THE TURN OF THE DIGITAL SCREW
Is it getting harder to find work or to find the right clients?
February 6, 2020
Curated brand identity sites regularly post new work while endless Instagram feeds showcase examples of branding from around the world giving the impression that everyone is busy and doing great work. But how many of us have email inboxes full of inquiries or docket lists full of exciting new projects?
David Thorne is principal at Thorne Branding & Design and an instructor at OCAD University.
A few creatives may be so blessed, but in my experience and those of my peers (especially sole proprietors) it is the opposite. There is a feeling that the graphic design business is contracting. As a leading indicator of this perception, The Future of Jobs Report 2018 by the World Economic Forum notes that the hiring trend for the role of graphic designer Western Europe is in decline.
As a brand identity designer, it is more challenging today to earn a living. There are a number of reasons for this decline.
At the beginning of my career, designing a logo was the most prestigious type of work. Logos were made to last and there was a high degree of skill and craft that went into their creation. Today, it’s about a lot more than creating a symbol for print. Because people experience a brand in many different media, our job can encompass an array of other specialised skills. For example, we need to program websites that include the latest techniques in search engine optimization, and we need to understand the best strategies for attracting followers if we are handling our client's Instagram feed.
While designers have always expanded their skills into adjacent disciplines like exhibit design or signage, the web and social media have overtaken print as the dominant methods of communication. These media are highly technologically driven and change rapidly. Keeping up has become a necessity to survive, so some of us more senior practitioners enlist the help of younger entrepreneurs who easily navigate and adapt to the changes.
The crowd-sourcing site 99 Designs hosts contests where clients submit a brief, and hundreds of designers do finished work competing for very meagre prize money.
Ten years ago, my strategy was to focus on art directing projects to ensure they followed my design vision and to outsource tasks like programming. But clients who were approaching me didn’t have the budget for both my fees and a programmer, while other younger designers offered website development as part of their services. To compete, I started to learn code. But that wasn’t the only competition.
Brand identity designers have been hit with a barrage of disruptive changes that have devalued creating a logo. Creativemarket.com has 49,000 logo templates between $19-39 (all prices in USD). Tailorbrands.com automates the process and gives you lots of options that can be customized and downloaded all for less than $50. The crowd-sourcing site 99 Designs hosts contests where clients submit a brief, and hundreds of designers do finished work competing for very meagre prize money. What’s the average price for a logo? $250. Finally, there are sites like Fiverr.com or Upwork, where you hire a designer from around the world whose fees are based on hourly rates. A simple logo design can range from $50-100.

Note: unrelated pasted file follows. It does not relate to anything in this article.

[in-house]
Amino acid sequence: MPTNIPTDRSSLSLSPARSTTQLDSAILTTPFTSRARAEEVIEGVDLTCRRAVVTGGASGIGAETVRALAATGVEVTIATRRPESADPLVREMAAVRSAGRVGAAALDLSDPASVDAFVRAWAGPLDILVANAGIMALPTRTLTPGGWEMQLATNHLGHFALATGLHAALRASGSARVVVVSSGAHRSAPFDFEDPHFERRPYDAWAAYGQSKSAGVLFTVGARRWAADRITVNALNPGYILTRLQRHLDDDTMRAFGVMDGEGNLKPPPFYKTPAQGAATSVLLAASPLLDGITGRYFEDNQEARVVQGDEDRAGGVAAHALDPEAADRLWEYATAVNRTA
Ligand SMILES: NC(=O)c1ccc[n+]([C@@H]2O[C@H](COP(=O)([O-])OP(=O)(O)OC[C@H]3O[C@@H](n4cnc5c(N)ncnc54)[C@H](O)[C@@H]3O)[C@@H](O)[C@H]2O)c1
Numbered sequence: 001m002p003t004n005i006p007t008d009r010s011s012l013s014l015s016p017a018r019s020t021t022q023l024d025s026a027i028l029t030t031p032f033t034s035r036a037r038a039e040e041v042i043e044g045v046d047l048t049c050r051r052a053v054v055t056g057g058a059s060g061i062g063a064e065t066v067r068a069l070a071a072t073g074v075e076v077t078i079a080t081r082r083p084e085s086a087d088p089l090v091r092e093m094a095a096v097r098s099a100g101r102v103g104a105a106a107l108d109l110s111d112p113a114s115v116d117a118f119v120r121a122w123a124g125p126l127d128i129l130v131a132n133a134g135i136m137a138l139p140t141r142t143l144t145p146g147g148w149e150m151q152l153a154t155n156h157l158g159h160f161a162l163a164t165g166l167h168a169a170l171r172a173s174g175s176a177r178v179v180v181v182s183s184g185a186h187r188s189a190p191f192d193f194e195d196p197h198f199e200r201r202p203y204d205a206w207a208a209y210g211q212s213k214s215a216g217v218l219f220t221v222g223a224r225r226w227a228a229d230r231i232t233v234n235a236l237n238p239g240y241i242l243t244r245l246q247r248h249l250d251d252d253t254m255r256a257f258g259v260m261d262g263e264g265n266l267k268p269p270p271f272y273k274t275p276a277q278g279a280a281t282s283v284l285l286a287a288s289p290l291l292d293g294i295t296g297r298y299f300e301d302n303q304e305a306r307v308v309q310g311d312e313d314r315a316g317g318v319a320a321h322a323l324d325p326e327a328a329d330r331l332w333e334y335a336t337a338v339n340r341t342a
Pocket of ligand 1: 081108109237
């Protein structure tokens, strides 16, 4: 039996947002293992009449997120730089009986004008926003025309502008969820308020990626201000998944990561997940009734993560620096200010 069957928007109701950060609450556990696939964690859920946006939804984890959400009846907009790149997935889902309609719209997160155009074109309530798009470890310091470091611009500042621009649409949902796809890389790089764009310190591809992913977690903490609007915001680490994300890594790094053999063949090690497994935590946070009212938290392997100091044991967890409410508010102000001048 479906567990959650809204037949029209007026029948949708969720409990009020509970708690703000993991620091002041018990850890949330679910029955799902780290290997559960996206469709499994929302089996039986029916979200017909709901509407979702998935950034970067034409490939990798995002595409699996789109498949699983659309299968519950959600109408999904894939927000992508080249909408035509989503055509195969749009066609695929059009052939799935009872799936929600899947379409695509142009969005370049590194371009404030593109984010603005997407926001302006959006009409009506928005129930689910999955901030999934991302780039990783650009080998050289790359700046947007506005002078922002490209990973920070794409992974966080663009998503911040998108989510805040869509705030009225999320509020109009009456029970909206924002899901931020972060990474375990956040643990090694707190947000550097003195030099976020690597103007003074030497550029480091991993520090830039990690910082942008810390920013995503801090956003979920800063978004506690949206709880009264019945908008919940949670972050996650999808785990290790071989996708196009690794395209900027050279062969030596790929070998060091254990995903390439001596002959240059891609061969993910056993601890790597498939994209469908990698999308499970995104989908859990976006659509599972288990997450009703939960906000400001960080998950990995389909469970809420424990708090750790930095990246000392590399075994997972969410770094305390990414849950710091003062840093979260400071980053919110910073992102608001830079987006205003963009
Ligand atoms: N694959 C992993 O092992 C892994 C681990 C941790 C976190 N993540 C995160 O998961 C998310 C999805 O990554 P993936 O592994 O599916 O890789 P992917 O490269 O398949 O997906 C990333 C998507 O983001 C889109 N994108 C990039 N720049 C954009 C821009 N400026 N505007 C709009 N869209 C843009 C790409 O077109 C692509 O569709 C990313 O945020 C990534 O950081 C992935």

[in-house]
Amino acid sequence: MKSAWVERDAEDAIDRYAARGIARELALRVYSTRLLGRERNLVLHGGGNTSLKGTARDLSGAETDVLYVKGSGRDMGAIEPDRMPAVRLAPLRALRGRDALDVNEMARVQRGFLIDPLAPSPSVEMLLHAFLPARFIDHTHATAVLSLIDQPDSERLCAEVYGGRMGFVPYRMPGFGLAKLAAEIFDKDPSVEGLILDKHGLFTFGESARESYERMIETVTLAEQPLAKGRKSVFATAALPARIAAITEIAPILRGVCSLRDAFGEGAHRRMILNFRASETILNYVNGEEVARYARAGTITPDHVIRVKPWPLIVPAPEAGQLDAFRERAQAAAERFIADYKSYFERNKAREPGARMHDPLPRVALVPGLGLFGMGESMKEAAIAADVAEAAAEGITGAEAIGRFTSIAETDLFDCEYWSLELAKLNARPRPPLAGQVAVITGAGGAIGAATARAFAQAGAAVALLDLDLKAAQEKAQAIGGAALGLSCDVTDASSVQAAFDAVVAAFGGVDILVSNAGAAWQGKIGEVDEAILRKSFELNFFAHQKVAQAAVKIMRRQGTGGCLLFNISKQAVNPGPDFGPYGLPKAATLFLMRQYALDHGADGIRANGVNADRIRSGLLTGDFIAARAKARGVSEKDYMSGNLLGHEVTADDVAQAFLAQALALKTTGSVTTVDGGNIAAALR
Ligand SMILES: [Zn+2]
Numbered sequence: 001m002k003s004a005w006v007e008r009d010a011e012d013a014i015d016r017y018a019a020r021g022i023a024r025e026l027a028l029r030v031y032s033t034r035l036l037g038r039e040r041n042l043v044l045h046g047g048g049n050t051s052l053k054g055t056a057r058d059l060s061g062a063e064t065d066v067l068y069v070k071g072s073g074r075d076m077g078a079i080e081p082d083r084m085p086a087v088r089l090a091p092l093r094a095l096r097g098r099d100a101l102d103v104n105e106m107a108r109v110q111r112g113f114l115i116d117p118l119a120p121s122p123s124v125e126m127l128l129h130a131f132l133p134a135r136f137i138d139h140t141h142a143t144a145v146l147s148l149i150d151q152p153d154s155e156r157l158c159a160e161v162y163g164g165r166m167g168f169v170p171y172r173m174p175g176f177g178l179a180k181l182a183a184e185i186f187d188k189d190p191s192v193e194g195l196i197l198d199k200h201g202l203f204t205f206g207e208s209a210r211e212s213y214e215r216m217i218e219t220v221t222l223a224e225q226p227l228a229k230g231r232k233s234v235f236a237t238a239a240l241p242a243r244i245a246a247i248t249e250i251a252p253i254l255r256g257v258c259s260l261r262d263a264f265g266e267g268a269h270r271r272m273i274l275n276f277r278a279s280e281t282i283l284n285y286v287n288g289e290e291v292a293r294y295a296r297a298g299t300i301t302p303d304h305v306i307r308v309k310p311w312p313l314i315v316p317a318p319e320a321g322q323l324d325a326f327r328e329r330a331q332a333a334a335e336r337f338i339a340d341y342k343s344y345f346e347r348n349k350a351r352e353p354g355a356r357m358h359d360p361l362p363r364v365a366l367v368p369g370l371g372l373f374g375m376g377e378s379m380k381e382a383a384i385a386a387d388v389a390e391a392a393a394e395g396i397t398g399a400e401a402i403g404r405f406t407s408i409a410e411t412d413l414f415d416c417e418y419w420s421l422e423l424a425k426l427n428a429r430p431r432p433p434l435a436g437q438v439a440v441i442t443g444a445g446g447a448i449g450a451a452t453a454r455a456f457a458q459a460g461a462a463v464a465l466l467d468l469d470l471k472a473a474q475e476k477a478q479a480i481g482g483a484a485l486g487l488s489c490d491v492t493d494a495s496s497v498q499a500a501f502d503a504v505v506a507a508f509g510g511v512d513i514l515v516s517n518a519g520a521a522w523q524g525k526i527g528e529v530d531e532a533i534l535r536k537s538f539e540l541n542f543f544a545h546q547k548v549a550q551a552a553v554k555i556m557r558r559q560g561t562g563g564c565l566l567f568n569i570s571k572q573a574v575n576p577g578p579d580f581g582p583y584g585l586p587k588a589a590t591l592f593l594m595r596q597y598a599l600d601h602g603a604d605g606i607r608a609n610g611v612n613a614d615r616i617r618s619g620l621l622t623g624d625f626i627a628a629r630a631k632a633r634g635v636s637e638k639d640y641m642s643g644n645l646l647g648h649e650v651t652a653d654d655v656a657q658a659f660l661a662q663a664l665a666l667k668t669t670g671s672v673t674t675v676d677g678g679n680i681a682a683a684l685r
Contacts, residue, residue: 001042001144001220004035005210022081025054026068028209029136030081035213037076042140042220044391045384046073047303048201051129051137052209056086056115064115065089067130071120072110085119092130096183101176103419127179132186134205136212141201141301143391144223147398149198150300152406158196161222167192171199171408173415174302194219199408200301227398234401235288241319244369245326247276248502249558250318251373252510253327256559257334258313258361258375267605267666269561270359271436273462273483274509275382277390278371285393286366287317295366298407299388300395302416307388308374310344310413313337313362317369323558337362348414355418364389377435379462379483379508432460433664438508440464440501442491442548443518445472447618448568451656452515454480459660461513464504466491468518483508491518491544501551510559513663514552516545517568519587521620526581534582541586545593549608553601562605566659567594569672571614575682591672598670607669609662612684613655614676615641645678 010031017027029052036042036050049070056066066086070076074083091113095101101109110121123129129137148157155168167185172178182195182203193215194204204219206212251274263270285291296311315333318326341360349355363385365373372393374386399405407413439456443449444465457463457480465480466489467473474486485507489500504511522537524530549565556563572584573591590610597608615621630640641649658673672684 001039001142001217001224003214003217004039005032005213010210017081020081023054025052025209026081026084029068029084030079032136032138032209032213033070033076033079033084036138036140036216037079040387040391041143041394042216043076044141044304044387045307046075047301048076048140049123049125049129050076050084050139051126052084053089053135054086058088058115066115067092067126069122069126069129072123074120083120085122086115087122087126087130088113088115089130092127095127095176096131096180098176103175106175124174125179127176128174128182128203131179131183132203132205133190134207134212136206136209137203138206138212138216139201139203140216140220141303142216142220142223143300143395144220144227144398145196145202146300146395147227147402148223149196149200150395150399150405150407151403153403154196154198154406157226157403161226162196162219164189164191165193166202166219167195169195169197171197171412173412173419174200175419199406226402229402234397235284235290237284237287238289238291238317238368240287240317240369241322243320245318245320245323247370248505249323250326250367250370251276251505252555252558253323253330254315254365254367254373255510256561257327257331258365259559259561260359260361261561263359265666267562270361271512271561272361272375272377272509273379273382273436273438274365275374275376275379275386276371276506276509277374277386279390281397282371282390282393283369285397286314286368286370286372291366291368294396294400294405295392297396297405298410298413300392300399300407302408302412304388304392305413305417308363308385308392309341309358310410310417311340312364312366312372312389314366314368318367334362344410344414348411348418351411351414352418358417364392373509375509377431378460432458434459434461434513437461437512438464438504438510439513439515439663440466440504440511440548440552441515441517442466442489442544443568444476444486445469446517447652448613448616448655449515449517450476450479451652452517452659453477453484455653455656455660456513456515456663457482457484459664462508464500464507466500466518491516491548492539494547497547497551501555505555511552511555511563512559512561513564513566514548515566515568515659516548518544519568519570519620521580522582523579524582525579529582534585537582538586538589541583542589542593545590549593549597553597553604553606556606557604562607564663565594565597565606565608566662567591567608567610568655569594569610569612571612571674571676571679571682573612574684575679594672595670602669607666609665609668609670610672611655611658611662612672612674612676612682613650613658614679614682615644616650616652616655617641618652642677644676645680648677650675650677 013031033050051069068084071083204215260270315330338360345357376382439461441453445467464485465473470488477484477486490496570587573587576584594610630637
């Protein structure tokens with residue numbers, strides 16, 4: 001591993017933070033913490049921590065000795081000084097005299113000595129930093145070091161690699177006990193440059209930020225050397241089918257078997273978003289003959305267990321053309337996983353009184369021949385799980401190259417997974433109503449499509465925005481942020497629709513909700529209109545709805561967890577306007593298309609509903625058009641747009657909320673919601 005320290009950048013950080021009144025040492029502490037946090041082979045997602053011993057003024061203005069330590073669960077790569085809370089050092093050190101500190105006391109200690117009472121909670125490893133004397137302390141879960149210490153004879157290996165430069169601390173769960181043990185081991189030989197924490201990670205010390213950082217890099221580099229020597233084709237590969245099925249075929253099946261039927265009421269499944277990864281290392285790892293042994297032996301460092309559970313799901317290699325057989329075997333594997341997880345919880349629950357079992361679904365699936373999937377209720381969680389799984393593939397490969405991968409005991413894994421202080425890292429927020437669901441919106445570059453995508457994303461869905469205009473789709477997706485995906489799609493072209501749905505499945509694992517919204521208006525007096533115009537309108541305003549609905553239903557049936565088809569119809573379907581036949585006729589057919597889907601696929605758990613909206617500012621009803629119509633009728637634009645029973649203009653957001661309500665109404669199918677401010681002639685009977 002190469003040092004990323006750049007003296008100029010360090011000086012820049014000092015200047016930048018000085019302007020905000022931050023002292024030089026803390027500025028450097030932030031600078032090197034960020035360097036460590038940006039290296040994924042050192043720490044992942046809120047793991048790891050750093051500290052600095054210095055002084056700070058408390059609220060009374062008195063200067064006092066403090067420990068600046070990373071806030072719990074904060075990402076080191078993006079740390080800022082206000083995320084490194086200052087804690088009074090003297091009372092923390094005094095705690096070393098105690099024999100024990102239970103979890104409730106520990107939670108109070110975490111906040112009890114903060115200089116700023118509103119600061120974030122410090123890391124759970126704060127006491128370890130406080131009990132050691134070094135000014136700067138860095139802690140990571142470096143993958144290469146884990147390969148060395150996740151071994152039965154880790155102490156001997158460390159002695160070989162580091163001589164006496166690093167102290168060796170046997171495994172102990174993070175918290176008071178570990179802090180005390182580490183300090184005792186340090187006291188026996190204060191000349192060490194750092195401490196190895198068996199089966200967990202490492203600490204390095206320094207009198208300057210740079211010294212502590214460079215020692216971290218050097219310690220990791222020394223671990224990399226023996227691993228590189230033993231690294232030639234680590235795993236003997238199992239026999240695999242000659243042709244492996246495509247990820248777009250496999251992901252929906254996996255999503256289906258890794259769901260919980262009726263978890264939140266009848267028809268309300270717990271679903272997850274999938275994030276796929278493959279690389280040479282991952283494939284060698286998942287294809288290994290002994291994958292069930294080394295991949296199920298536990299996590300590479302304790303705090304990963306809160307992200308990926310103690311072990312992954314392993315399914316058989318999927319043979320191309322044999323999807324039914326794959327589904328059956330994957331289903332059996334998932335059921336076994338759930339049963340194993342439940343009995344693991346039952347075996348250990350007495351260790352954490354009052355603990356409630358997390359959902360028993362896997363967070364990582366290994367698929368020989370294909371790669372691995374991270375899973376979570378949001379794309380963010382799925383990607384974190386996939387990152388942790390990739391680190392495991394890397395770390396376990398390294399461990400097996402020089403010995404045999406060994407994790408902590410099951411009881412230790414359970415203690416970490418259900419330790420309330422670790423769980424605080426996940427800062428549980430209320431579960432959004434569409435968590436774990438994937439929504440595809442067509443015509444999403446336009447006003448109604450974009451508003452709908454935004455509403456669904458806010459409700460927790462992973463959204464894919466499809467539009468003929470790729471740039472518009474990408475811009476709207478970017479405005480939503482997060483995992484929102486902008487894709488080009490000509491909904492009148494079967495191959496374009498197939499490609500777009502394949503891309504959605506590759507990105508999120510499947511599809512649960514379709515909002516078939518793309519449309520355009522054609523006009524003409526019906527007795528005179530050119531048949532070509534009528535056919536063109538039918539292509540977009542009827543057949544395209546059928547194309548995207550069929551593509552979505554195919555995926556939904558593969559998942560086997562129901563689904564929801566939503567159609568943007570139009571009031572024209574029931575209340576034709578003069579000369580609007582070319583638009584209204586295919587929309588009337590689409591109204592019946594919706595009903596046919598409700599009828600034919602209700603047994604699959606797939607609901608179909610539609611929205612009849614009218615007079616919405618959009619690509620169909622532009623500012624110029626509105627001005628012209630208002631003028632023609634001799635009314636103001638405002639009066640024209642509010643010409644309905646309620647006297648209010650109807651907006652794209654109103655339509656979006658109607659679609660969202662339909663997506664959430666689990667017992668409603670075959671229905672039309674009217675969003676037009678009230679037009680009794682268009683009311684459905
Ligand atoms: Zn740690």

You would think these target the lowest end of the market, not affecting clients in the mid to higher range, but awareness of cheaper options can push industry pricing down. Business cards are an example. Cheap digital printing sites like Vistaprint sell 100 cards starting at $16.00. One of my new prospects asked for an estimate to design cards for their winery. The quote included design options, changes and preparing the final art. The client was so shocked by the price he asked if the estimate included printing.
Designers Rhodi Iliadou and Peter Ha, of Equal Parts Studio, don’t find technology or competing with websites like 99 Designs the problem. It is finding clients who want imaginative work, have the budgets to create something unique, and are committed to work with the studio for the long term.
Others are more pessimistic. Gary Ludwig of Hark Ideas says, “We are the typesetters of our generation.” If you are too young to know what he means, the craft of typesetting was made redundant in late 1980s by desktop publishing on Mac computers. He feels there are so many online DIY resources such as WIX, the website builder, that clients don’t need us anymore.
But clients do need us. We take the time to understand their requirements and conduct research that provides valuable insight. We brainstorm original, innovative ideas, and execute them with exceptional craft. And we deliver a product that makes them stand out from their competitors, something generic templates or websites that automate the process never will.
The challenge is to find those sophisticated clients who understand this and see the real value of what you offer as a designer. But in this extremely competitive, rapidly changing, highly technological business of graphic design, it is a constant battle. After twenty-five years, I have had the pleasure of working with some of those great clients, but the search for the next one never ends.
This story originally appeared in Applied Arts magazine. To subscribe, for just $29.99 a year, click here.